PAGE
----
As Vermonters we are both proud and smart, and we love to share stories and trade facts. So the next time you find yourself chatting around a campfire, enjoying a craft beer at your local watering hole, or making chit-chat on the chair lift, here are 23 interesting things about Vermont you may not know. Read on and soak up these little ditties, they just may come in handy someday!
We’re aware that these uncertain times are limiting many aspects of life. While we continue to feature destinations that make our state wonderful, please take proper precautions or add them to your bucket list to see at a later date. If you know of a local business that could use some extra support during these times, please nominate them here:
1. Say cheese!
Up until recently, there were no photos on driver’s licenses. Legal licenses were mint green and flimsy and the printing often smudged off parts. They were mailed to your home and the only way a Vermont driver could get their photo put on their license was to drive to the DMV in Montpelier.
2. No greens, no problem!
What do you do when you’re craving a game of golf in the middle of winter? Well, Rudyard Kipling solved that problem by inventing snow golf here in Vermont! He painted his golf balls red so that they were easier to find in the snow.
3. Silently blowing bubbles.
Yup, it’s still illegal to whistle underwater in Vermont. It’s also kind of impossible, which makes you wonder what happened for this law to be proposed, not to mention passed!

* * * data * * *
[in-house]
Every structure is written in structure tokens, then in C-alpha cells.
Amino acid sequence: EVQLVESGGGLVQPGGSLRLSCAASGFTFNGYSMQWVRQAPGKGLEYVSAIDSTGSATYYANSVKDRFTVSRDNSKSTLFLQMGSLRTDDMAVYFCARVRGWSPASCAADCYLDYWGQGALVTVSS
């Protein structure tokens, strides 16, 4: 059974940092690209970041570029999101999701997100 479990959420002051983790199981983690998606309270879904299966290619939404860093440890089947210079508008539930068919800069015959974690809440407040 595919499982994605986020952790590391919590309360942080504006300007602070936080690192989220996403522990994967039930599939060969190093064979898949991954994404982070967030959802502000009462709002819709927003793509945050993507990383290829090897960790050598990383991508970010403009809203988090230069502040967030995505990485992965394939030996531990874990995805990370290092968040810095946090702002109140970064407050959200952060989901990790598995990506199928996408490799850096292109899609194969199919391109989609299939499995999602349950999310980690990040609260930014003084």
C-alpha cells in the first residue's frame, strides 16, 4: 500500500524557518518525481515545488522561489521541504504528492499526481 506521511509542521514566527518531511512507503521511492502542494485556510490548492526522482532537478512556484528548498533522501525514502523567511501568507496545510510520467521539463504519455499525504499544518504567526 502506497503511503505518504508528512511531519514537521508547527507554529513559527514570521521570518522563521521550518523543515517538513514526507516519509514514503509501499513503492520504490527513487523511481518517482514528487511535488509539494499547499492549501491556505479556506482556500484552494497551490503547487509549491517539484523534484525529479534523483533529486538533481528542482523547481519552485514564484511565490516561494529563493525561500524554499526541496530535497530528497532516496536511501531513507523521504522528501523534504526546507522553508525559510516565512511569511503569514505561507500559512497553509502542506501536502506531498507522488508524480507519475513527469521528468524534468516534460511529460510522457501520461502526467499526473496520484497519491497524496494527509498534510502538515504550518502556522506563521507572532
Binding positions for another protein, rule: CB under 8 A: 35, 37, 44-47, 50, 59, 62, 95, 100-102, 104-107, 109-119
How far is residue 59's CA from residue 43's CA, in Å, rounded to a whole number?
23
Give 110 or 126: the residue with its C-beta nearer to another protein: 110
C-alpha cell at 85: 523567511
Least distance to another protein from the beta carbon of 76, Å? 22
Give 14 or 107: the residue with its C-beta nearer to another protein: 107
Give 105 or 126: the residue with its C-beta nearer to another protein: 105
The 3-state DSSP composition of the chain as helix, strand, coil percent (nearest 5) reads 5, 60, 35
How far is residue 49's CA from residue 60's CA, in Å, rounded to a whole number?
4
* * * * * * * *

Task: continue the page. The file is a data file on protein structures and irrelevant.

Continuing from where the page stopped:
4. But that’s not all...
The town of Brattleboro had to put laws against public nudity on the books in 2007. Why? Well, it had become trendy for people to stage hula hoop contests and bike races through downtown in nothing but their birthday suits.
5. Live, laugh, love.
The state consistently ranks among the top states in many different surveys for health, happiness and intelligence. According to the Vermont Tourism Facebook site, Vermont is also in the top five states for happiest Twitter users.
6. Staying power.
Vermont made it all the way to 1996 as one of the only states to still not have a Wal-Mart. And still no Targets.
7. Speaking of not welcome…
Billboards are illegal in the state of Vermont, which is lovely. I could personally do without pictures of giant buckets of chicken or which legal firm is the best if you get a DWI. Seriously people? I’ll stick to the unobstructed gorgeous scenery, thank you very much.
8. But wait!!!!
The first exception to Vermont’s no-billboards rule came when a hand painted mural advertising downtown Bellows Falls was allowed in 2008. This opened up the possibility for advertising as long as the signs are hand painted murals meant to support and endorse a downtown district.
9. A different kind of board.
Former ski racer, Jake Burton, created history and revolutionized the snowboard industry with designs that changed the face of the sport. Burton started off as a tiny snowboarding company based out of South Londonderry, but it quickly exploded into the biggest snowboarding brand in the world. Burton designed the uniforms for the 2014 USA Olympic Snowboarding Team.
10. Letterman jackets.